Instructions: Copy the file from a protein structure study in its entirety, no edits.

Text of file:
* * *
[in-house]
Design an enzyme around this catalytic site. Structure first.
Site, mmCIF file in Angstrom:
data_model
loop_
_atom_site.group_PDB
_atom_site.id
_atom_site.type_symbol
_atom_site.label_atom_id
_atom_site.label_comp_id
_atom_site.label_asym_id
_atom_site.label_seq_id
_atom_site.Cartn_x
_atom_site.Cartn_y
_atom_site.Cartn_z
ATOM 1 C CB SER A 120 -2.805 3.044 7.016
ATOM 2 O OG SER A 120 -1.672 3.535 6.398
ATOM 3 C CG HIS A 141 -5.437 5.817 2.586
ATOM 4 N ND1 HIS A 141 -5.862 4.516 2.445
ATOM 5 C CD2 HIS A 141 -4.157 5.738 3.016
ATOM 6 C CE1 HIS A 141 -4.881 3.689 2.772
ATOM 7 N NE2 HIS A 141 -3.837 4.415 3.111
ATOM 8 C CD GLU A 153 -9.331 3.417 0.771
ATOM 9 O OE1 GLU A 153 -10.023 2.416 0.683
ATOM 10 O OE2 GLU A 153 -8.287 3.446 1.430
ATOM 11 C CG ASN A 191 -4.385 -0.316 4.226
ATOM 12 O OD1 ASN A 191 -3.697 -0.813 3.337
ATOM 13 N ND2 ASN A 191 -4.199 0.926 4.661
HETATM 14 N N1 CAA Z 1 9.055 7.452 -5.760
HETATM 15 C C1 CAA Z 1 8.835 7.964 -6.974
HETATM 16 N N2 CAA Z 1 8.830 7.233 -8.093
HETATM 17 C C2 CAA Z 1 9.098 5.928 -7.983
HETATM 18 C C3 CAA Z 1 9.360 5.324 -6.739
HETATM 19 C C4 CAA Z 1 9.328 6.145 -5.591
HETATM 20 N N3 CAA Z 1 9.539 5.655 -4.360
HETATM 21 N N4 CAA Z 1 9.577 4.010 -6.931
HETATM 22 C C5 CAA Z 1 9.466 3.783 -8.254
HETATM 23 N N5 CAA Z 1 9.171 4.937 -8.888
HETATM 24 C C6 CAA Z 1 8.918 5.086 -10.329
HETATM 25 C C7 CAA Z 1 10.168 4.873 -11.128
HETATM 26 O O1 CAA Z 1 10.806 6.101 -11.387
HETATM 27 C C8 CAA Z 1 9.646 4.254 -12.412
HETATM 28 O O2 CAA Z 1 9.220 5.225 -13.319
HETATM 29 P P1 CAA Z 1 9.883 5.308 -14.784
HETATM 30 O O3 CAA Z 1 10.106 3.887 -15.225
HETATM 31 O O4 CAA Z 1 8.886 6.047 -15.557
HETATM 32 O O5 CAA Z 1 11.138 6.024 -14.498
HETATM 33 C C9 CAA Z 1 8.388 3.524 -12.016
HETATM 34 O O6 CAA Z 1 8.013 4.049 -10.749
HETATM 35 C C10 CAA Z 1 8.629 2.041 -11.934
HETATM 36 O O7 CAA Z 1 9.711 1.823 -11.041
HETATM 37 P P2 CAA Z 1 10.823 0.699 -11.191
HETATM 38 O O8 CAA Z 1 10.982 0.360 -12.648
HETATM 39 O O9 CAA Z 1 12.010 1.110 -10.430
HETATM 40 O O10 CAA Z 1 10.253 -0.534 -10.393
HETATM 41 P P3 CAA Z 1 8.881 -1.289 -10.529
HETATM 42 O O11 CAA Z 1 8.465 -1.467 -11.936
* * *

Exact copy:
[in-house]
Design an enzyme around this catalytic site. Structure first.
Site, mmCIF file in Angstrom:
data_model
loop_
_atom_site.group_PDB
_atom_site.id
_atom_site.type_symbol
_atom_site.label_atom_id
_atom_site.label_comp_id
_atom_site.label_asym_id
_atom_site.label_seq_id
_atom_site.Cartn_x
_atom_site.Cartn_y
_atom_site.Cartn_z
ATOM 1 C CB SER A 120 -2.805 3.044 7.016
ATOM 2 O OG SER A 120 -1.672 3.535 6.398
ATOM 3 C CG HIS A 141 -5.437 5.817 2.586
ATOM 4 N ND1 HIS A 141 -5.862 4.516 2.445
ATOM 5 C CD2 HIS A 141 -4.157 5.738 3.016
ATOM 6 C CE1 HIS A 141 -4.881 3.689 2.772
ATOM 7 N NE2 HIS A 141 -3.837 4.415 3.111
ATOM 8 C CD GLU A 153 -9.331 3.417 0.771
ATOM 9 O OE1 GLU A 153 -10.023 2.416 0.683
ATOM 10 O OE2 GLU A 153 -8.287 3.446 1.430
ATOM 11 C CG ASN A 191 -4.385 -0.316 4.226
ATOM 12 O OD1 ASN A 191 -3.697 -0.813 3.337
ATOM 13 N ND2 ASN A 191 -4.199 0.926 4.661
HETATM 14 N N1 CAA Z 1 9.055 7.452 -5.760
HETATM 15 C C1 CAA Z 1 8.835 7.964 -6.974
HETATM 16 N N2 CAA Z 1 8.830 7.233 -8.093
HETATM 17 C C2 CAA Z 1 9.098 5.928 -7.983
HETATM 18 C C3 CAA Z 1 9.360 5.324 -6.739
HETATM 19 C C4 CAA Z 1 9.328 6.145 -5.591
HETATM 20 N N3 CAA Z 1 9.539 5.655 -4.360
HETATM 21 N N4 CAA Z 1 9.577 4.010 -6.931
HETATM 22 C C5 CAA Z 1 9.466 3.783 -8.254
HETATM 23 N N5 CAA Z 1 9.171 4.937 -8.888
HETATM 24 C C6 CAA Z 1 8.918 5.086 -10.329
HETATM 25 C C7 CAA Z 1 10.168 4.873 -11.128
HETATM 26 O O1 CAA Z 1 10.806 6.101 -11.387
HETATM 27 C C8 CAA Z 1 9.646 4.254 -12.412
HETATM 28 O O2 CAA Z 1 9.220 5.225 -13.319
HETATM 29 P P1 CAA Z 1 9.883 5.308 -14.784
HETATM 30 O O3 CAA Z 1 10.106 3.887 -15.225
HETATM 31 O O4 CAA Z 1 8.886 6.047 -15.557
HETATM 32 O O5 CAA Z 1 11.138 6.024 -14.498
HETATM 33 C C9 CAA Z 1 8.388 3.524 -12.016
HETATM 34 O O6 CAA Z 1 8.013 4.049 -10.749
HETATM 35 C C10 CAA Z 1 8.629 2.041 -11.934
HETATM 36 O O7 CAA Z 1 9.711 1.823 -11.041
HETATM 37 P P2 CAA Z 1 10.823 0.699 -11.191
HETATM 38 O O8 CAA Z 1 10.982 0.360 -12.648
HETATM 39 O O9 CAA Z 1 12.010 1.110 -10.430
HETATM 40 O O10 CAA Z 1 10.253 -0.534 -10.393
HETATM 41 P P3 CAA Z 1 8.881 -1.289 -10.529
HETATM 42 O O11 CAA Z 1 8.465 -1.467 -11.936